It was a day of challenge, celebration, and inspiration. It was a day to remember that learning about racial and social injustice and the work needed to create a more just society must continue through this year, in this place, in this country and in all our days and places yet to come.

Winter Traditions Shine at Orchard Valley

December brings a lively time of celebration throughout the school! The Winter Spiral was held the first week of the month, culminating in a Grades 1-3 Spiral Walk that was also open to the wider community.

Then St. Nicholas Day was celebrated in the Early Education classes as well as the younger Grades classes, with St. Nicholas leaving a beautiful painted walnut and orange in each child's slipper or cubby.

The first evening of Hanukkah was celebrated in classes today, with special stories, fresh latkes, and the lighting of the menorah.

St. Lucia Day is celebrated throughout the school tomorrow, December 13, led by class 2/3. The children visit each classroom, bringing songs, their shining lights, and Santa Lucia bread to all. This festival is celebrated each year on December 13,  the shortest day (longest night) of the year, according to the ancient (Julian) calendar in force when Lucia was martyred for her faith in 304 A.D.

Then our Winter Concert celebrating the season and the Winter Solstice is held on Thursday, December 21. All are welcome! 5:30pm a the Presbyterian Church of Barre. 

Glad tidings to all! 

 

Why Are They Playing With Strings? Shouldn’t They Be Working On Mathematics?

Why Are They Playing With Strings? Shouldn’t They Be Working On Mathematics?

“String figures are a visually pleasing and wonderfully tactile way of learning to appreciate complex consequential phenomenon.” James Murphy, Math teacher, LaGuardia HS of Language and Arts, NYC.

String figures, also known as Cat’s Cradle, have been played worldwide throughout the ages in cultures as varied as the Inuit to the Maori. Long studied by anthropologists, and now used by teachers to develop skills needed for mathematics, these "simple" games support neurological pathways which lead to the development of the neocortex area of the human brain.

When children are working to create the complex patterns the twisting, turning, sliding and dropping of the strings form, they need to have an understanding of body geography and spatial orientation; not just the names of their fingers and which is the right or left hand, but also the meaning of above and below, towards and away, inside and outside, geometrical shapes, and more. Directions for the Starry Sky ask one to: “… Bend the thumbs over the front crossed lines, between the back crossed lines, under the front crossed lines, and pull these towards you. Bend the middle fingers over the index finger lines and from below put them behind the back thumb lines and pull them back.” And that is just a small part of the directions!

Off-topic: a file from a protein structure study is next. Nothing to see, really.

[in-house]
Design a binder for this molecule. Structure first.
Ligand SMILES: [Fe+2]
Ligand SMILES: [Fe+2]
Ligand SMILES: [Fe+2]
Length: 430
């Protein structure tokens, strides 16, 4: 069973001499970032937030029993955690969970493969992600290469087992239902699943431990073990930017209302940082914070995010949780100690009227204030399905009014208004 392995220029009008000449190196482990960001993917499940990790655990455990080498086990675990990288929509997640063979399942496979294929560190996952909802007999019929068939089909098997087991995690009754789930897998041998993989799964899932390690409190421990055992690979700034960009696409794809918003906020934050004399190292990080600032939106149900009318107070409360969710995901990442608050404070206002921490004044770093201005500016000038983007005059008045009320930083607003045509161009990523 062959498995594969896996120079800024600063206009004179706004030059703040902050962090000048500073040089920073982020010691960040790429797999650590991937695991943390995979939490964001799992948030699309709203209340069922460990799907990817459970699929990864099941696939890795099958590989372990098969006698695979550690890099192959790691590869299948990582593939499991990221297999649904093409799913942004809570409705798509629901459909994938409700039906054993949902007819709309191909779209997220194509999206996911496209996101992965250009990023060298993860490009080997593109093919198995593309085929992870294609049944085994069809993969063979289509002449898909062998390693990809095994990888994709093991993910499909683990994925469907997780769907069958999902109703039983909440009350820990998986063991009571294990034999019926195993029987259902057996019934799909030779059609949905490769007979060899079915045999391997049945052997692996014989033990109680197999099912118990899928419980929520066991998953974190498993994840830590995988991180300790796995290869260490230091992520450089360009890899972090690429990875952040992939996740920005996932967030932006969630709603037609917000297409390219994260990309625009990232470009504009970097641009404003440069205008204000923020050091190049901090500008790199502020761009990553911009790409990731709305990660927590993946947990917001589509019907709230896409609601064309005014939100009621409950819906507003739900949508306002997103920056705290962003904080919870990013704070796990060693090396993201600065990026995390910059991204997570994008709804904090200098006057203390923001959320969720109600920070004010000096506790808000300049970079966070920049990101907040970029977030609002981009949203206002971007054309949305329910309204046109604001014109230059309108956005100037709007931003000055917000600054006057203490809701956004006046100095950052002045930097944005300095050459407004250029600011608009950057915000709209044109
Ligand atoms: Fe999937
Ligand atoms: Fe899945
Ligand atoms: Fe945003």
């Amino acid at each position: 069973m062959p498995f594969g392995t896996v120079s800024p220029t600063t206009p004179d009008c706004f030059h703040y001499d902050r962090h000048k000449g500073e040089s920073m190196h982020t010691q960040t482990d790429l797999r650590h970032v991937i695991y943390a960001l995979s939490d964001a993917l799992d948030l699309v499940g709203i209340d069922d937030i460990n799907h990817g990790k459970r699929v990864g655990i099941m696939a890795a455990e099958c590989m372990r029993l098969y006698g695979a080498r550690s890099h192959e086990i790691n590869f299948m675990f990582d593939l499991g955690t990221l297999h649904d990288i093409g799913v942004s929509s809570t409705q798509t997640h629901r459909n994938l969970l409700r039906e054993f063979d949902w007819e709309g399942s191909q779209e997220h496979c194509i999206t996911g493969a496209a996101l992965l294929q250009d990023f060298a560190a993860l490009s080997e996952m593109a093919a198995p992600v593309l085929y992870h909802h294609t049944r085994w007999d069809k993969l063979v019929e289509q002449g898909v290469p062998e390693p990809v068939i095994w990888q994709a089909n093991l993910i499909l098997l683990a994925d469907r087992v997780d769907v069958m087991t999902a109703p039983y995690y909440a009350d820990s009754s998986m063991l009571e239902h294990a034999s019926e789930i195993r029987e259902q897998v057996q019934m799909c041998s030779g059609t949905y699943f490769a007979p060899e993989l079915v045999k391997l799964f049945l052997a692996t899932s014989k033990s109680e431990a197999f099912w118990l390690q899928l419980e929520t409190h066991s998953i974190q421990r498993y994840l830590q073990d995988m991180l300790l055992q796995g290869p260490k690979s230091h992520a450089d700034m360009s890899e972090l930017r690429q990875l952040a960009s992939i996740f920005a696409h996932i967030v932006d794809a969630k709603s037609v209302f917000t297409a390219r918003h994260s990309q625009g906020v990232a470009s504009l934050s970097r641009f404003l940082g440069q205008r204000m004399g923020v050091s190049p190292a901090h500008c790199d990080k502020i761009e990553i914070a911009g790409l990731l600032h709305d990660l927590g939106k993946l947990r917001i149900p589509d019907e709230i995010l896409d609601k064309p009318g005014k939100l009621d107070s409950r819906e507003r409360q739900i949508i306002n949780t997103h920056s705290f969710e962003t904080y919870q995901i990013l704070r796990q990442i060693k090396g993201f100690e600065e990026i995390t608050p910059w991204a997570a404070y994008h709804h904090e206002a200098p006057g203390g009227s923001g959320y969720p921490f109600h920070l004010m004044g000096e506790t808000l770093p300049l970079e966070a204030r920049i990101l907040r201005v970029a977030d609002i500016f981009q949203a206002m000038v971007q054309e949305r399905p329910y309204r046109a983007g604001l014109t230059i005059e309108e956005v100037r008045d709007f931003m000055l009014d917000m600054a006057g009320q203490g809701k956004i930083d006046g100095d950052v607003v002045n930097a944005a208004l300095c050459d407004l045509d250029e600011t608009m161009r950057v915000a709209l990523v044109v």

One has to work rhythmically, with coordination and concentration, and have the mental and physical dexterity to keep the string in place as they move through steps leading to the final figure. Sequential thinking and memory, along with an ability to visualize an outcome sounds like the skills needed to perform complex mathematical problems. You need to see the patterns and the form, and I believe that is ultimately what mathematics is, the seeing and understanding of more and more complex patterns.

In Grades 2/3 students not only used individual strings to play with, but Mr. Maynard, former OVWS Movement teacher, visited the class with a huge string which allowed students themselves to form the figures as each student stepped in for a finger! As he moved his fingers, he told a story calling upon the imagination of the class to follow the steps. After forming the shapes with individual string the students were asked to work together, to feel the give and take needed to keep the string tight and to let it slip when needed, building on the social fabric to create a large star and to free a group of animals from a circus train. Now students are creating their own string figures, and perhaps one day these same children will follow the advice of anthropologist Louis Leakey’s mentor who once told him before his visit to sub-Sahara Africa, “You can travel anywhere with a smile and a string.”

Class 4/5 Receives Letters About Life in the 1960s

From Class 4/5 Teacher Claudia Reinhardt: The fourth and fifth graders are reading the book One Crazy Summer as their first class reader for this school year. Our language arts periods have been dedicated to discussing the book, which has brought up a lot of great questions by the students. Fortunately, some of these questions can be answered by people who lived during these times. So the students wrote letters to grandparents, as well as colleagues and friends of their teacher. The class has begun to receive letters back from near and far from people who lived during the 1960s. The students always listen attentively and with much interest when I read these letters to them. We are so very grateful to everyone who wrote to us.

Here are some excerpts:
"I was born in 1955 in Caracas, Venezuela. [...] After third grade we moved to New York and stayed there. [...] My parents raised us to be responsible for our thoughts, words, and actions. They expected us to be tolerant and humanistic as they were, to find peaceful, problem-solving ways to deal with obstacles that came before us on our life journey. They set an example for us to follow. And our home was always open to multicultures, religions, and beliefs. Our only requirement was to do no harm and always try our best." (CPM)